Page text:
CA Insurance Commissioner Admits 'Affordable Care' Costs 55% More

CA Insurance Commissioner Admits 'Affordable Care' Costs 55% More

As someone who saw his monthly health insurance premium double from $780 in 2013 to $1,460 this year, I was interested to see how long it would take for California’s Democrat leaders to fess up that there is nothing affordable about their version of the Affordable Care Act (Obamacare). 

Facing political shock and awe as ten million working Californians are soon to get notices of big insurance premium increases for next year, Democrat Insurance Commissioner Dave Jones admitted July 29th that rates for individuals that enrolled in Covered California jumped by an average of 55% last year.

Patrick Johnston, Chief Executive Officer of the California Association of Health Plans, said last year just before the launch of Covered California, “The arithmetic is inescapable.” Costs must be spread, so while some consumers will see their premiums drop, others will pay more – “no matter what people in Washington say.”

After two years of swearing that Covered California would save money for working state residents, Insurance Commissioner Jones in a news conference said, “The rate increase from 2013 to 2014, on average, was significantly higher than rate increases in the past.” He eventually got around to admitting that “significantly higher” meant average healthcare insurance premium increases of 22% to 88%.

Jones also admitted for the first time that Covered California health insurance premium increases were the most punishing for young people in Los Angeles County age 25. The Commissioner stated rates jumped for the middle-of-road “silver plan” coverage by 52% for the young versus 38% more for the same plan for someone age 55.

The biggest contributor to this cost increase appears to be those paying for health insurance to subsidize the 1.5 million increase in the state’s Medi-Cal enrollment to 8.6 million or 22% of the entire population of the State of California.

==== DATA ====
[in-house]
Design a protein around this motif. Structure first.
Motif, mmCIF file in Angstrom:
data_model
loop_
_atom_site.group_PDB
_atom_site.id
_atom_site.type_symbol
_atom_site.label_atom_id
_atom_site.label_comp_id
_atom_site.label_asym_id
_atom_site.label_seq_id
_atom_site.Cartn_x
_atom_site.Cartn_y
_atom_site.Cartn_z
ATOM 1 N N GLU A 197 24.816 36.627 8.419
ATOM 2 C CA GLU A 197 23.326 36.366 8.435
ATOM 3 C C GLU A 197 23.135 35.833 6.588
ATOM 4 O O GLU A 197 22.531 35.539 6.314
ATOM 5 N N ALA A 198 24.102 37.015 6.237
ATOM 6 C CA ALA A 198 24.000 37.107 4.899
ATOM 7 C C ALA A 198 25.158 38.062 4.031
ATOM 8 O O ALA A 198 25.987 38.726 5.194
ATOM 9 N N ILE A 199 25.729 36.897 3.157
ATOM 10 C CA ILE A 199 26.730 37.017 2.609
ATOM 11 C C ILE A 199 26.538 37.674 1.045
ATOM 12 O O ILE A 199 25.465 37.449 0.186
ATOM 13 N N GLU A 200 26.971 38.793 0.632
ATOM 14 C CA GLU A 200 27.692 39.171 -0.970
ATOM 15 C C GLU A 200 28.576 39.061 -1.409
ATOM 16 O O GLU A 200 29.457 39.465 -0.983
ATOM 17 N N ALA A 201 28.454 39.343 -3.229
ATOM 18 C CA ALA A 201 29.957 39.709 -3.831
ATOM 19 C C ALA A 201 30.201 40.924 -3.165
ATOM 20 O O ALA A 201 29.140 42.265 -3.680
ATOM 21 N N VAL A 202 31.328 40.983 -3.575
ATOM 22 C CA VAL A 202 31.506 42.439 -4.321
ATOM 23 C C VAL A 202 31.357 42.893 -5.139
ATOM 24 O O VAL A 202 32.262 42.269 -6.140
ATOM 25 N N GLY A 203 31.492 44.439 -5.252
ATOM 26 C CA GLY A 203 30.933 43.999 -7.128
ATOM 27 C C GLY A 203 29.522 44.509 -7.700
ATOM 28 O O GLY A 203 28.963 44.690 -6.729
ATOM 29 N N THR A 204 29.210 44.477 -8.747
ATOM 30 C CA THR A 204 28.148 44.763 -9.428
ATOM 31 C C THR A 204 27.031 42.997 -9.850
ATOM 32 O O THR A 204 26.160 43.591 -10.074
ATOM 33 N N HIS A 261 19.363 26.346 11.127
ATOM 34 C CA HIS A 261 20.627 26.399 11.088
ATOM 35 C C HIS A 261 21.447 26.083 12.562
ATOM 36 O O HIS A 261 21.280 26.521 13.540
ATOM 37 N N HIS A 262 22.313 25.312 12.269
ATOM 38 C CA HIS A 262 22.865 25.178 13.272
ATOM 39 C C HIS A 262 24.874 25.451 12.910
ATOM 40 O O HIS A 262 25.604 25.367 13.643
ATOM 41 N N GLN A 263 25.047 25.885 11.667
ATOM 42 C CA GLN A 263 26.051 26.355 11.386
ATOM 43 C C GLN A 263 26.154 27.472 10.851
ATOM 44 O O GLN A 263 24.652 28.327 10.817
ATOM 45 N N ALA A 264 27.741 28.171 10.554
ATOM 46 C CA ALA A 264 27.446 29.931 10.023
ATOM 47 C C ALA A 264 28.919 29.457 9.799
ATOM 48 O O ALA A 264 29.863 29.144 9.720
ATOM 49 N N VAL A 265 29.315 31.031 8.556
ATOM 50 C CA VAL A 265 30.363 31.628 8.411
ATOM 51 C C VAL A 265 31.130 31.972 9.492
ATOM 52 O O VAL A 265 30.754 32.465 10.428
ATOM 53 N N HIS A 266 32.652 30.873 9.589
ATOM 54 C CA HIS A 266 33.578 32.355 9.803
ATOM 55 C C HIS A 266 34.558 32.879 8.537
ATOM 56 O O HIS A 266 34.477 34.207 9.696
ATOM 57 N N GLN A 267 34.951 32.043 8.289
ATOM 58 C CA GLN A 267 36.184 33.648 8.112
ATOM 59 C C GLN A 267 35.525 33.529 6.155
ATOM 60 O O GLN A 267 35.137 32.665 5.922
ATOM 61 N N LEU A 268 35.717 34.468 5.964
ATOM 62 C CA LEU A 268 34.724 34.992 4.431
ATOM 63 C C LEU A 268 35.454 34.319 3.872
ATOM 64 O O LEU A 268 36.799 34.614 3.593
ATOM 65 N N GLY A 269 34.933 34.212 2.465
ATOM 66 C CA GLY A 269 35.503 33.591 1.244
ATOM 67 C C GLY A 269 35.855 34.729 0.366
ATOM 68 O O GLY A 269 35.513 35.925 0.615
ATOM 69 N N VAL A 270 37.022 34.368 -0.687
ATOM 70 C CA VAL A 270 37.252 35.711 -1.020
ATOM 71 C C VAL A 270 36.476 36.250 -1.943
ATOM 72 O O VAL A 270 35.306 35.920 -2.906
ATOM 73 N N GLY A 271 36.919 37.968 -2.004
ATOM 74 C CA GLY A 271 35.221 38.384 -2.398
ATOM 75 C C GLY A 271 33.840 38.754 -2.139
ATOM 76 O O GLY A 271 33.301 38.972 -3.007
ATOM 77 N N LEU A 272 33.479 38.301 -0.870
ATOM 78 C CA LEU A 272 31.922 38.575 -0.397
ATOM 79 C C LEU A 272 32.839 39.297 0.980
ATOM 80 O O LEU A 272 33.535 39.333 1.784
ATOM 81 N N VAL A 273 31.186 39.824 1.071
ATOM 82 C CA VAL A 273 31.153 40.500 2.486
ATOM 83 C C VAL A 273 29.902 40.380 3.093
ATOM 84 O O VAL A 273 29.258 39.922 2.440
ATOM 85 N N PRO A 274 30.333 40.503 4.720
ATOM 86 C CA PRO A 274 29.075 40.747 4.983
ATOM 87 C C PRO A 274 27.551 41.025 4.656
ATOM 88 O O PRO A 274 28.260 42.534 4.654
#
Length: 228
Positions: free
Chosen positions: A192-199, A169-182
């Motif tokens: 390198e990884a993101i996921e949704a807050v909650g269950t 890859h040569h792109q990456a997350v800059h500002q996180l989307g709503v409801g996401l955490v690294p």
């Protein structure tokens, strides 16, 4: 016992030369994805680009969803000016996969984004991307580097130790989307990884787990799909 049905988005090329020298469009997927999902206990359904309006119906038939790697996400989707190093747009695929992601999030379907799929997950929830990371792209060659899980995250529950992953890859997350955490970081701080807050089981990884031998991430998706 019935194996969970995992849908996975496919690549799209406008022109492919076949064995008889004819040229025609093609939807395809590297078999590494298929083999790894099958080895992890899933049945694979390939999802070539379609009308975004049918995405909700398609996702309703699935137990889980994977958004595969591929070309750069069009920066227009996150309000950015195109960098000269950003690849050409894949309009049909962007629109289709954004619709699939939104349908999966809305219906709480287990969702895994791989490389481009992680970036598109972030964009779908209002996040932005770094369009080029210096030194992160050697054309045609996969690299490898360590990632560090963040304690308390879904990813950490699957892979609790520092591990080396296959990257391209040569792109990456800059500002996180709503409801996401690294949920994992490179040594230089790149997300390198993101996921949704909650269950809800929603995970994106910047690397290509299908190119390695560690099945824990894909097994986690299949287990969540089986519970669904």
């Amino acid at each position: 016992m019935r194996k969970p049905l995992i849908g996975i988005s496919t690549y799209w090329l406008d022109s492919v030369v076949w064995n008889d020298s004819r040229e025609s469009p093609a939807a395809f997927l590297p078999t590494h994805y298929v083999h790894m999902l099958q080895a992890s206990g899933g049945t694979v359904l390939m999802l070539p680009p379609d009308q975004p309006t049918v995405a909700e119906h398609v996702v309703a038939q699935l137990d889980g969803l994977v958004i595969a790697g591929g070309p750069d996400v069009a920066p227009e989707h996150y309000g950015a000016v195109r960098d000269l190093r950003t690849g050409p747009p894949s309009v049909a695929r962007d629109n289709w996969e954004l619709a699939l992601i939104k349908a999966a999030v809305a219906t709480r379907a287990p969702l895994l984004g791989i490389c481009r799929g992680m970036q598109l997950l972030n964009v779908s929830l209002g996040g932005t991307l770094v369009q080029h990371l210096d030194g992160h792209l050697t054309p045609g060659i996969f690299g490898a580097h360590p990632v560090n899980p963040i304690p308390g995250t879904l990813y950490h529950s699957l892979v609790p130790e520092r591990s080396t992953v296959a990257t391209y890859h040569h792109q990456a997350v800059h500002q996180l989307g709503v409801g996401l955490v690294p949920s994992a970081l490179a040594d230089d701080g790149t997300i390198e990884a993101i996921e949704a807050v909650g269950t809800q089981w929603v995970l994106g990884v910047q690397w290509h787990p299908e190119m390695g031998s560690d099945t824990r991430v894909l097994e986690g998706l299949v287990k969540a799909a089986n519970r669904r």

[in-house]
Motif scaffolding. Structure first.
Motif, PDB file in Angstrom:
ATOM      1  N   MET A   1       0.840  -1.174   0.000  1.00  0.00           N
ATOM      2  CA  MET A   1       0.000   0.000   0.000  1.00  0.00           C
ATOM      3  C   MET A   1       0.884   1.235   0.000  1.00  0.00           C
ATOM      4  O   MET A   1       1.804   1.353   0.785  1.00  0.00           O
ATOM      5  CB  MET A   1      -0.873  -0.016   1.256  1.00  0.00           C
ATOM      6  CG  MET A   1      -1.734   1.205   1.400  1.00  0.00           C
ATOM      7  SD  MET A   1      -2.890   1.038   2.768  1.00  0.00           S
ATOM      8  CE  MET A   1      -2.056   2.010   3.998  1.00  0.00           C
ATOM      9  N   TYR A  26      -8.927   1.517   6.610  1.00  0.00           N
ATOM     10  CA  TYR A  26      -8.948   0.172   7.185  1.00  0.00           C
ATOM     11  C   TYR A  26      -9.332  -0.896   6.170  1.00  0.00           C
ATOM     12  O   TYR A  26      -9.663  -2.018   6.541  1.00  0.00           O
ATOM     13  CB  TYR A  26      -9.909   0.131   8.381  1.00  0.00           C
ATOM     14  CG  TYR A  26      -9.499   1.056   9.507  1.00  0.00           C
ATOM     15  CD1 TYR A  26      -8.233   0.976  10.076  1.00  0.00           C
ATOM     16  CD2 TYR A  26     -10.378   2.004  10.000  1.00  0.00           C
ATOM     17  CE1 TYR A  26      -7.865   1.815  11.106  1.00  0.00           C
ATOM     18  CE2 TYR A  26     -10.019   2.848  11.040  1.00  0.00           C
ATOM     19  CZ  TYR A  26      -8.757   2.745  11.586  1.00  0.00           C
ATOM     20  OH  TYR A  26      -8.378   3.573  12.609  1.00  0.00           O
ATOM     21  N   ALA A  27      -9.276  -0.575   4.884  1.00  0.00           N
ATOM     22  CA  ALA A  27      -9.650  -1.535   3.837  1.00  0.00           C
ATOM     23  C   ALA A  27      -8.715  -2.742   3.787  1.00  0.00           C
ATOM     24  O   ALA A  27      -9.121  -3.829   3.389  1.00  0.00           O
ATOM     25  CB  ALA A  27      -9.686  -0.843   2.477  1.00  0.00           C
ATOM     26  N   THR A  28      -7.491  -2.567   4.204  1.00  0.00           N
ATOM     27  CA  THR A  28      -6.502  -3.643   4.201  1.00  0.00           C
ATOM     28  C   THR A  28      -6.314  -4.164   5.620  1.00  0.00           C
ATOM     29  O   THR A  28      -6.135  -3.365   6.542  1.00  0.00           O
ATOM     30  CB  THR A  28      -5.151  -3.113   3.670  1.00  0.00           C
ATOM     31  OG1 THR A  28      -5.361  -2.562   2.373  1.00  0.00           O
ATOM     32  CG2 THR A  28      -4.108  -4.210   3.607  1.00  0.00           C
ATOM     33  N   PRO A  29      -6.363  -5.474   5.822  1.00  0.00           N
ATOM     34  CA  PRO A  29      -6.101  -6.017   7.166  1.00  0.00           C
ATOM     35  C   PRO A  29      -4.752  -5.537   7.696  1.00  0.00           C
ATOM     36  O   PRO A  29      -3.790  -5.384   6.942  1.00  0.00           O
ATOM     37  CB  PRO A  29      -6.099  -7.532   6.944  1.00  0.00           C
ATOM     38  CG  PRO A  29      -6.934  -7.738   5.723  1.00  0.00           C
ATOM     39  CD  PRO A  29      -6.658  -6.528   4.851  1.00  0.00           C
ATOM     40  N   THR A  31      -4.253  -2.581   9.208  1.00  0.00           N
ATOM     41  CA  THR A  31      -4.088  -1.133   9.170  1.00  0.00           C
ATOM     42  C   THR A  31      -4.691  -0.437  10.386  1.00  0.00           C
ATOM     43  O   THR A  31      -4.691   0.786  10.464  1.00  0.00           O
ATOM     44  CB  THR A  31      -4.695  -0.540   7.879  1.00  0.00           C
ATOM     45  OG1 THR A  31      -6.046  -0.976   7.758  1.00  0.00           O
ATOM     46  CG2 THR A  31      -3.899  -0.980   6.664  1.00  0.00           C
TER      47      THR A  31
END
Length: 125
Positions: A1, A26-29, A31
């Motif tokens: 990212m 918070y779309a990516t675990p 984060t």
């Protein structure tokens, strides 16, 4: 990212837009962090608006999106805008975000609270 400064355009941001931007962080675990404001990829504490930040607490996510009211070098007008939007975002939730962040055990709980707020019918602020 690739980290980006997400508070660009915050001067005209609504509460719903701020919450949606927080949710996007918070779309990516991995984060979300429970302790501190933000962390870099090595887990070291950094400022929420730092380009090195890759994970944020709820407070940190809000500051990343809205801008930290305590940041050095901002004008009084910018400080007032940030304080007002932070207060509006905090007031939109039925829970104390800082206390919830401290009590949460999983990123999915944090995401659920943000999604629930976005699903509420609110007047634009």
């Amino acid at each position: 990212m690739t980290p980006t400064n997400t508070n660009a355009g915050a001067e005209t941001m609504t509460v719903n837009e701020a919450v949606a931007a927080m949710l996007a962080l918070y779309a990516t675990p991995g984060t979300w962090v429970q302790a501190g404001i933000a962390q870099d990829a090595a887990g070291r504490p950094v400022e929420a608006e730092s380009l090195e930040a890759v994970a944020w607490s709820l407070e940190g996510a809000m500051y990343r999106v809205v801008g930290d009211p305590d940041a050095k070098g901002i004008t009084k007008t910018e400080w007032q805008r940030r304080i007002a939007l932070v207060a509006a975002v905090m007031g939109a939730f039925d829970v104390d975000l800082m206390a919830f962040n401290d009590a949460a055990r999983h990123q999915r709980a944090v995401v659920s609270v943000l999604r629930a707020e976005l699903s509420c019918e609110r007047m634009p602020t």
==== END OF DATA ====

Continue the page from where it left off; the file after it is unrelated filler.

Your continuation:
The exploding costs of Covered California and other “affordable” regulations help explain why CEOs of America’s largest companies have rated California as the worst state to do business in the nation for the last three years running. This is reflected in the grim detail that California’s unemployment rate for the last three years has been at least 50% higher than the unemployment rate in neighboring Mexico.

However, having already financially pained a couple million Californians, Insurance Commissioner Jones is now lobbying voters to pass Proposition 45 on the November ballot and add another layer of “affordable regulations” Jones claims will:

  • Require that health insurance rate changes must be approved by the California Insurance Commissioner before taking effect.
  • Require a sworn statement by health insurance companies submitting rate change requests certifying the accuracy of the information they submit to the Insurance Commissioner to justify the rate change they are proposing.
  • Provide for public notice, disclosure and hearing on health insurance rate changes and subsequent judicial review.
  • Prohibit health, auto and homeowners insurers from determining policy eligibility or rates based on lack of prior coverage or credit history.

Proposition 45 would expand regulation of California healthcare in a similar way to how Proposition 103 in 1988 supposedly imposed “cost containment” on California automobile insurance rates. Commissioner Jones argued that without passing Prop 45, “We’re going to continue to see rates go up simply because… no one has the ability to stop excessive rates.”

A recent study by Insure.com found the average middle-of-the-road auto insurance coverage for a 40-year-old driver with a 12-mile commute to work in California is the 6th most expensive in the nation, with an annual premium cost of $1,991. The annual premium cost for auto insurance in California was 54% higher than the average of neighboring Oregon at $1,306 and Nevada at $1,300.

Insurance Commissioner Jones would rather try to distract the public from the debilitating costs of Covered California by adding another layer of regulation in Proposition 45 that could lead to even more debilitating costs. Although Jones failed to admit that rate increases are as high as the doubling of cost I am paying, at least he admitted that California health insurance rates may skyrocket next year.

The author welcomes feedback and will respond to reader comments. Chriss Street just returned from teaching “Entrepreneurship and Capitalist Business Strategy” at Ho Chi Minh University in Vietnam.

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